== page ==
AAUW Produces Latest Analysis of the Gender Wage GapMarch 19, 2013
FOR IMMEDIATE RELEASE
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Releases Annual Breakdown of Problem by State, Race/Ethnicity, and Age
WASHINGTON — The American Association of University Women (AAUW) released its annual wage gap analysis, The Simple Truth about the Gender Pay Gap, complete with charts on the gender pay gap broken down by state, race/ethnicity, education, and age. It shows that one of the widest disparities exists among workers ages 45–54, the time when most workers build up the bulk of their retirement nest egg.
The Simple Truth, available in print on Wednesday, March 20, shows that for workers ages 20–24, the pay gap already is 7 percent. It widens as women enter prime working years, to a staggering 24 percent gap for full-time workers ages 45–54.
“The research clearly shows that the pay gap is not a figment of our imaginations,” said AAUW Executive Director Linda D. Hallman, CAE. “Women are actually losing tens of thousands of dollars in wages. Think about what they could do with that money to improve the lives of their families. This handbook gives everyone concerned about equal pay the tools they need to advocate for fair pay.’
The Simple Truth, based on data released by the U.S. Census Bureau at the beginning of the year, is published every year for Equal Pay Day, the symbolic date in April when women’s wages finally catch up to men’s from the year before. It takes nearly 16 months to get there rather than 12. This year, Equal Pay Day falls on April 9.
“The gender pay gap hasn’t budged in the past 10 years,” said AAUW Director of Research Catherine Hill. “Everyone’s familiar with the 77-cent statistic because it’s been around so long. What’s especially problematic is that even when you compare women and men in the same jobs, we still find gaps. That’s unacceptable.”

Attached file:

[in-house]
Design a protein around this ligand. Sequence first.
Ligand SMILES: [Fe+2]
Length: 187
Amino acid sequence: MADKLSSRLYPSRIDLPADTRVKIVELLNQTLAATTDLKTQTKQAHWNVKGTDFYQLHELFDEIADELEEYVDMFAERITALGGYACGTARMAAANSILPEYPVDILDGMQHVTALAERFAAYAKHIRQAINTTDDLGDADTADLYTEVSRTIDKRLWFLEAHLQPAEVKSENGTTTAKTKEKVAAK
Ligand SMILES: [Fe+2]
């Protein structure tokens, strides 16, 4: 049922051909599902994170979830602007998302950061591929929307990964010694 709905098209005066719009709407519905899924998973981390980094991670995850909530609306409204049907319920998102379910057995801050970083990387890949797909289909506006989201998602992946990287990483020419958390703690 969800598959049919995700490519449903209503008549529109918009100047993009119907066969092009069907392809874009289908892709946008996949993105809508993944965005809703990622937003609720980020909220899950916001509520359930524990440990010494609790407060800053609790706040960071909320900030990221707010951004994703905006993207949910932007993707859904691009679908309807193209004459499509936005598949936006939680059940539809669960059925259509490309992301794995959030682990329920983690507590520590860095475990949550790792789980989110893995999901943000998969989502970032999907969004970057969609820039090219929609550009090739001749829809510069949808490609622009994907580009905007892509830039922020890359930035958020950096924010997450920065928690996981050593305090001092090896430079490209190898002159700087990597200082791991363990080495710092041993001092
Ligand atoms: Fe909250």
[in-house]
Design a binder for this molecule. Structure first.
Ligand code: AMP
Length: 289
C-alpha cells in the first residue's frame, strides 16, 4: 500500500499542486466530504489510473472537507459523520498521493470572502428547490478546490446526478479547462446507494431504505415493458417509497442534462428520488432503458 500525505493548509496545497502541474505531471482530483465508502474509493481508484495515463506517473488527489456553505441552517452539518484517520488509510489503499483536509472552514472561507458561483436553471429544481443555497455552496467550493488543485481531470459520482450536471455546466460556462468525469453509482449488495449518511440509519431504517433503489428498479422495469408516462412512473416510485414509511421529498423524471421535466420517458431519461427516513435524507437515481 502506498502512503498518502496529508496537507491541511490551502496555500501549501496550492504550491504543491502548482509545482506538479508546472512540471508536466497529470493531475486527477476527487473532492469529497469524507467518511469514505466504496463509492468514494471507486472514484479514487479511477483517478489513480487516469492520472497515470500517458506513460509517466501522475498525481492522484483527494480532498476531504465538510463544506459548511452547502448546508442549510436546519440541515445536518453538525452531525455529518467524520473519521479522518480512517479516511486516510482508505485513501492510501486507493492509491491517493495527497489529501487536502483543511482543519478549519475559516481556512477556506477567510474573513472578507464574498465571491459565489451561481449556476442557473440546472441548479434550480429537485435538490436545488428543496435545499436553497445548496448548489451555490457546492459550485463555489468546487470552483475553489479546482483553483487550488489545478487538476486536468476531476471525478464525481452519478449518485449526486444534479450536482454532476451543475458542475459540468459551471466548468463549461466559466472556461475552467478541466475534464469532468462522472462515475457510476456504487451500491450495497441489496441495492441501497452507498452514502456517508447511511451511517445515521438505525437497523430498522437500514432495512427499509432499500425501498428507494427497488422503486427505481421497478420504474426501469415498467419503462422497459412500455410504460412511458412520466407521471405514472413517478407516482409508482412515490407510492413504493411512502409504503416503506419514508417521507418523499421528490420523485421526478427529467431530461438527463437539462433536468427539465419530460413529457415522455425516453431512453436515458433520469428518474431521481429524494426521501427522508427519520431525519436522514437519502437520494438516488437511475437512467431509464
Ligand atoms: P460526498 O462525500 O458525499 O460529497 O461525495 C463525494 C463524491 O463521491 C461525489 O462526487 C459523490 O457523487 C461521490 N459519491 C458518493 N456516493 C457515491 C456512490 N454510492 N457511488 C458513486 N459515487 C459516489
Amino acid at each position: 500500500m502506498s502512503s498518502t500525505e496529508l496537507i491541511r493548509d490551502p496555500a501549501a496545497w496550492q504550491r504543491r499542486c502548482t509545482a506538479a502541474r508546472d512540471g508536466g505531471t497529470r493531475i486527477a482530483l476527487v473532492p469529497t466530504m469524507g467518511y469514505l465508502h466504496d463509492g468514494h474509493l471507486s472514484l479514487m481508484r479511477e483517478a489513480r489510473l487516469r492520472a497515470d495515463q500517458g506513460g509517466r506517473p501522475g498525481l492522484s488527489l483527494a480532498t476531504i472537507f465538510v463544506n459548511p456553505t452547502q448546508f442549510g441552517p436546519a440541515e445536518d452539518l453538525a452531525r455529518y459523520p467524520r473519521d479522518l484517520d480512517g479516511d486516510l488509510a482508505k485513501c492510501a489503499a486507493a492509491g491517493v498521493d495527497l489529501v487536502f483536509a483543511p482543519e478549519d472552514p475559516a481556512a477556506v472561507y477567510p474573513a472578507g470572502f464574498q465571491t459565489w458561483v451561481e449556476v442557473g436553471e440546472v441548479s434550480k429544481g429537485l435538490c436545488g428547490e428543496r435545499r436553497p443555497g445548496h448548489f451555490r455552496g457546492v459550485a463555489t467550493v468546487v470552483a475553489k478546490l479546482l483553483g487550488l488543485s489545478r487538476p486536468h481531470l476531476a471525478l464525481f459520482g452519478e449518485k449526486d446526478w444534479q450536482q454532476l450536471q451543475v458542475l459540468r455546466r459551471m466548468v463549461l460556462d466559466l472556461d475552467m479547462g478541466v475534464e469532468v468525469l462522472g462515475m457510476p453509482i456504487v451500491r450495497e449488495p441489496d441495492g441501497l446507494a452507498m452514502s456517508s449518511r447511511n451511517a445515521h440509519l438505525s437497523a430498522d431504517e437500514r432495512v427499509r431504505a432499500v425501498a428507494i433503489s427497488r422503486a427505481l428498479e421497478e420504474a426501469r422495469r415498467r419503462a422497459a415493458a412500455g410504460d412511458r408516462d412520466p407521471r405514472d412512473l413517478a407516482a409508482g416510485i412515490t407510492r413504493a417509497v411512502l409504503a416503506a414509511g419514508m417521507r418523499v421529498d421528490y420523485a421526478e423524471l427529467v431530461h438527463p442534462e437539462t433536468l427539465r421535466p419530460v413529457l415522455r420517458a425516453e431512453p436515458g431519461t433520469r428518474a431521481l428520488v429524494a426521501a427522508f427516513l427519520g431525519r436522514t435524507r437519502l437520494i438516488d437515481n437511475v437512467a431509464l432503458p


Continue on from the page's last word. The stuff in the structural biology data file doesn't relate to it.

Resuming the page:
At the state level, The Simple Truth shows that the largest wage gap exists in Wyoming, where women were paid only 67 percent of what men were paid in 2011. Washington, D.C., has the smallest wage gap, where women were paid 90 percent of what men were paid.
Earnings and the pay gap also vary by race/ethnicity. Hispanic/Latina and African American women had lower median weekly earnings compared with white and Asian American women. Hispanic/Latina women were paid only 59 percent of what white men were paid in 2012. When compared with white male workers, Asian American women’s salaries show the smallest gender pay gap, at 88 percent of white men’s earnings.
The Simple Truth outlines actions governments, employers, and individuals can take to help solve this systemic problem, such as passing fair pay legislation, providing transparency in pay systems, and negotiating salaries.
“After the 2012 election, every lawmaker knows the power of women at the ballot box and the issues we care about,” said AAUW Director of Public Policy and Government Relations Lisa Maatz. “Equal pay always tops that list, and it’s past time for real action from Congress. This is also a great opportunity for the president to take regulatory steps to close the gap while Congress gets its act together.”